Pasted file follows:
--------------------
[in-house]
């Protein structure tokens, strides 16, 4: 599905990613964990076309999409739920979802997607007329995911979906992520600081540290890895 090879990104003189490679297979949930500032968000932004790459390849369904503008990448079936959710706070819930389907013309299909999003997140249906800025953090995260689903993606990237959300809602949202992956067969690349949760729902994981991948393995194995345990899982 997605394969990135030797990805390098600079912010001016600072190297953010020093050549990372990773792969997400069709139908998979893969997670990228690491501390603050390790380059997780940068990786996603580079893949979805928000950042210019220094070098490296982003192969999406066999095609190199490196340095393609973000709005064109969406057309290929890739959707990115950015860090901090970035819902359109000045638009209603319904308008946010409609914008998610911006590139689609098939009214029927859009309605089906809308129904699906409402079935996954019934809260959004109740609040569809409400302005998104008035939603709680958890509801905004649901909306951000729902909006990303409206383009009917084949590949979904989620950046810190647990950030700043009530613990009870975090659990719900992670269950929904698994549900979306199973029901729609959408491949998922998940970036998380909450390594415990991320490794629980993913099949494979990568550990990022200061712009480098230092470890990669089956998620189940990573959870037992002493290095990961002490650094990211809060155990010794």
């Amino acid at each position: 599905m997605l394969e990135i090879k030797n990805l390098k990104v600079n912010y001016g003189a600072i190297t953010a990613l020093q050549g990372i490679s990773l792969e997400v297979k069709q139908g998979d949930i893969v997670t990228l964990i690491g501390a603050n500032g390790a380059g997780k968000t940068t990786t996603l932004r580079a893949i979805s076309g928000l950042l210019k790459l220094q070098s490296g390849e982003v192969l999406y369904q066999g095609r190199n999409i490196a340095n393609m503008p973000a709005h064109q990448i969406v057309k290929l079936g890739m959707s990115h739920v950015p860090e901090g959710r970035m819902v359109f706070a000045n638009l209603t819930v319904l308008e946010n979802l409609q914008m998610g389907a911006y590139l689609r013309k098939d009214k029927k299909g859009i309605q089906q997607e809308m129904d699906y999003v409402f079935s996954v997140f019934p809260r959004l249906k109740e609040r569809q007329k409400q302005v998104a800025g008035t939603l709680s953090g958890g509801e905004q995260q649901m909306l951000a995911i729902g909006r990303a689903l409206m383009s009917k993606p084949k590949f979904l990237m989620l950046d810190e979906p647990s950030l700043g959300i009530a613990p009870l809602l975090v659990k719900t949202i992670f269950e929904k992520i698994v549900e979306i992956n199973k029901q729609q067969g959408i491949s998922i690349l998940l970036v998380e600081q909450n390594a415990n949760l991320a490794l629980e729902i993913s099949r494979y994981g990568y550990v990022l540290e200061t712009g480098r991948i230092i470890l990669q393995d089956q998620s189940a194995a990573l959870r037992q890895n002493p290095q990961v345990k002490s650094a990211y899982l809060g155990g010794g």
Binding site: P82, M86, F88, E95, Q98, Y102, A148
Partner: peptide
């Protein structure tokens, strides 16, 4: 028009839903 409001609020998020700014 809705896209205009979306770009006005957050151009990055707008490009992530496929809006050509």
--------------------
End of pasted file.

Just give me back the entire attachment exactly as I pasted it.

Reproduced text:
[in-house]
């Protein structure tokens, strides 16, 4: 599905990613964990076309999409739920979802997607007329995911979906992520600081540290890895 090879990104003189490679297979949930500032968000932004790459390849369904503008990448079936959710706070819930389907013309299909999003997140249906800025953090995260689903993606990237959300809602949202992956067969690349949760729902994981991948393995194995345990899982 997605394969990135030797990805390098600079912010001016600072190297953010020093050549990372990773792969997400069709139908998979893969997670990228690491501390603050390790380059997780940068990786996603580079893949979805928000950042210019220094070098490296982003192969999406066999095609190199490196340095393609973000709005064109969406057309290929890739959707990115950015860090901090970035819902359109000045638009209603319904308008946010409609914008998610911006590139689609098939009214029927859009309605089906809308129904699906409402079935996954019934809260959004109740609040569809409400302005998104008035939603709680958890509801905004649901909306951000729902909006990303409206383009009917084949590949979904989620950046810190647990950030700043009530613990009870975090659990719900992670269950929904698994549900979306199973029901729609959408491949998922998940970036998380909450390594415990991320490794629980993913099949494979990568550990990022200061712009480098230092470890990669089956998620189940990573959870037992002493290095990961002490650094990211809060155990010794």
């Amino acid at each position: 599905m997605l394969e990135i090879k030797n990805l390098k990104v600079n912010y001016g003189a600072i190297t953010a990613l020093q050549g990372i490679s990773l792969e997400v297979k069709q139908g998979d949930i893969v997670t990228l964990i690491g501390a603050n500032g390790a380059g997780k968000t940068t990786t996603l932004r580079a893949i979805s076309g928000l950042l210019k790459l220094q070098s490296g390849e982003v192969l999406y369904q066999g095609r190199n999409i490196a340095n393609m503008p973000a709005h064109q990448i969406v057309k290929l079936g890739m959707s990115h739920v950015p860090e901090g959710r970035m819902v359109f706070a000045n638009l209603t819930v319904l308008e946010n979802l409609q914008m998610g389907a911006y590139l689609r013309k098939d009214k029927k299909g859009i309605q089906q997607e809308m129904d699906y999003v409402f079935s996954v997140f019934p809260r959004l249906k109740e609040r569809q007329k409400q302005v998104a800025g008035t939603l709680s953090g958890g509801e905004q995260q649901m909306l951000a995911i729902g909006r990303a689903l409206m383009s009917k993606p084949k590949f979904l990237m989620l950046d810190e979906p647990s950030l700043g959300i009530a613990p009870l809602l975090v659990k719900t949202i992670f269950e929904k992520i698994v549900e979306i992956n199973k029901q729609q067969g959408i491949s998922i690349l998940l970036v998380e600081q909450n390594a415990n949760l991320a490794l629980e729902i993913s099949r494979y994981g990568y550990v990022l540290e200061t712009g480098r991948i230092i470890l990669q393995d089956q998620s189940a194995a990573l959870r037992q890895n002493p290095q990961v345990k002490s650094a990211y899982l809060g155990g010794g």
Binding site: P82, M86, F88, E95, Q98, Y102, A148
Partner: peptide
């Protein structure tokens, strides 16, 4: 028009839903 409001609020998020700014 809705896209205009979306770009006005957050151009990055707008490009992530496929809006050509």